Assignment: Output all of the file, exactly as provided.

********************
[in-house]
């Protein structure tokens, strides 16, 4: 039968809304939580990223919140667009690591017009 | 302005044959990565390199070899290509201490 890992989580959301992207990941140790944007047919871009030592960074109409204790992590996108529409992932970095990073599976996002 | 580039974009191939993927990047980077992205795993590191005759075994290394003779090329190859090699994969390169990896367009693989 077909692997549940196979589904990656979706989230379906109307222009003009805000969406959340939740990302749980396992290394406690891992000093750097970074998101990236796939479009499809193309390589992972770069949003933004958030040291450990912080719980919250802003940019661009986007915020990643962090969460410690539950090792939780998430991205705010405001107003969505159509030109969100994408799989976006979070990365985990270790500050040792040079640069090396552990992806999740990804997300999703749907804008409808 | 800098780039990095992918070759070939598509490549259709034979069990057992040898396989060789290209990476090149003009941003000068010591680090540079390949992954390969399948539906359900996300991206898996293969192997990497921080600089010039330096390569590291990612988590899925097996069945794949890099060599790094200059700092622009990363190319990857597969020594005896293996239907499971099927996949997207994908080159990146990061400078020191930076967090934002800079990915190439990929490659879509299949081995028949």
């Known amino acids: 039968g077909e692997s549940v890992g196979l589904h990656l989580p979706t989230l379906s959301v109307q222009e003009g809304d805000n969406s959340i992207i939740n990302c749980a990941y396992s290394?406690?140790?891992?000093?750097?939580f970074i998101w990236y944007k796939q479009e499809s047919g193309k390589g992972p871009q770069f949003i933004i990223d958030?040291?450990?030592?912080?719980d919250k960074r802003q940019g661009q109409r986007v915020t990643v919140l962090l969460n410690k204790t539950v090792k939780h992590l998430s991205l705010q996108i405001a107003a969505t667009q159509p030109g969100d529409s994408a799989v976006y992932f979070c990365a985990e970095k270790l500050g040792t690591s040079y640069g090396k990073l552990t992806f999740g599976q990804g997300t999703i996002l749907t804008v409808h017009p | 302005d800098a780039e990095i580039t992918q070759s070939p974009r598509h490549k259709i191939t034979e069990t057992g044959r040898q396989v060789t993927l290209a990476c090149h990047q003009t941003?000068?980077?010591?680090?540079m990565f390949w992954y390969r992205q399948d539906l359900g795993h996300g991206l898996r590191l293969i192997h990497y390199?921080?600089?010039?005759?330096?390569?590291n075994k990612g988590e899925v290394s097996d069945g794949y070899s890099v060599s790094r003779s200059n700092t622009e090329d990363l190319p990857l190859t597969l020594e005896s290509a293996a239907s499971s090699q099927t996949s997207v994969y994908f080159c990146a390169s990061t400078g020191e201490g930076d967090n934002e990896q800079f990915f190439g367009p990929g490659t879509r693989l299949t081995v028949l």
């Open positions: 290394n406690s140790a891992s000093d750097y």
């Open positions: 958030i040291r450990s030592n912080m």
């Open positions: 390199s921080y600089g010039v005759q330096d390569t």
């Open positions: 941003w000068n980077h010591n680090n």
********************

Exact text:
[in-house]
């Protein structure tokens, strides 16, 4: 039968809304939580990223919140667009690591017009 | 302005044959990565390199070899290509201490 890992989580959301992207990941140790944007047919871009030592960074109409204790992590996108529409992932970095990073599976996002 | 580039974009191939993927990047980077992205795993590191005759075994290394003779090329190859090699994969390169990896367009693989 077909692997549940196979589904990656979706989230379906109307222009003009805000969406959340939740990302749980396992290394406690891992000093750097970074998101990236796939479009499809193309390589992972770069949003933004958030040291450990912080719980919250802003940019661009986007915020990643962090969460410690539950090792939780998430991205705010405001107003969505159509030109969100994408799989976006979070990365985990270790500050040792040079640069090396552990992806999740990804997300999703749907804008409808 | 800098780039990095992918070759070939598509490549259709034979069990057992040898396989060789290209990476090149003009941003000068010591680090540079390949992954390969399948539906359900996300991206898996293969192997990497921080600089010039330096390569590291990612988590899925097996069945794949890099060599790094200059700092622009990363190319990857597969020594005896293996239907499971099927996949997207994908080159990146990061400078020191930076967090934002800079990915190439990929490659879509299949081995028949």
């Known amino acids: 039968g077909e692997s549940v890992g196979l589904h990656l989580p979706t989230l379906s959301v109307q222009e003009g809304d805000n969406s959340i992207i939740n990302c749980a990941y396992s290394?406690?140790?891992?000093?750097?939580f970074i998101w990236y944007k796939q479009e499809s047919g193309k390589g992972p871009q770069f949003i933004i990223d958030?040291?450990?030592?912080?719980d919250k960074r802003q940019g661009q109409r986007v915020t990643v919140l962090l969460n410690k204790t539950v090792k939780h992590l998430s991205l705010q996108i405001a107003a969505t667009q159509p030109g969100d529409s994408a799989v976006y992932f979070c990365a985990e970095k270790l500050g040792t690591s040079y640069g090396k990073l552990t992806f999740g599976q990804g997300t999703i996002l749907t804008v409808h017009p | 302005d800098a780039e990095i580039t992918q070759s070939p974009r598509h490549k259709i191939t034979e069990t057992g044959r040898q396989v060789t993927l290209a990476c090149h990047q003009t941003?000068?980077?010591?680090?540079m990565f390949w992954y390969r992205q399948d539906l359900g795993h996300g991206l898996r590191l293969i192997h990497y390199?921080?600089?010039?005759?330096?390569?590291n075994k990612g988590e899925v290394s097996d069945g794949y070899s890099v060599s790094r003779s200059n700092t622009e090329d990363l190319p990857l190859t597969l020594e005896s290509a293996a239907s499971s090699q099927t996949s997207v994969y994908f080159c990146a390169s990061t400078g020191e201490g930076d967090n934002e990896q800079f990915f190439g367009p990929g490659t879509r693989l299949t081995v028949l």
């Open positions: 290394n406690s140790a891992s000093d750097y």
């Open positions: 958030i040291r450990s030592n912080m």
């Open positions: 390199s921080y600089g010039v005759q330096d390569t």
């Open positions: 941003w000068n980077h010591n680090n």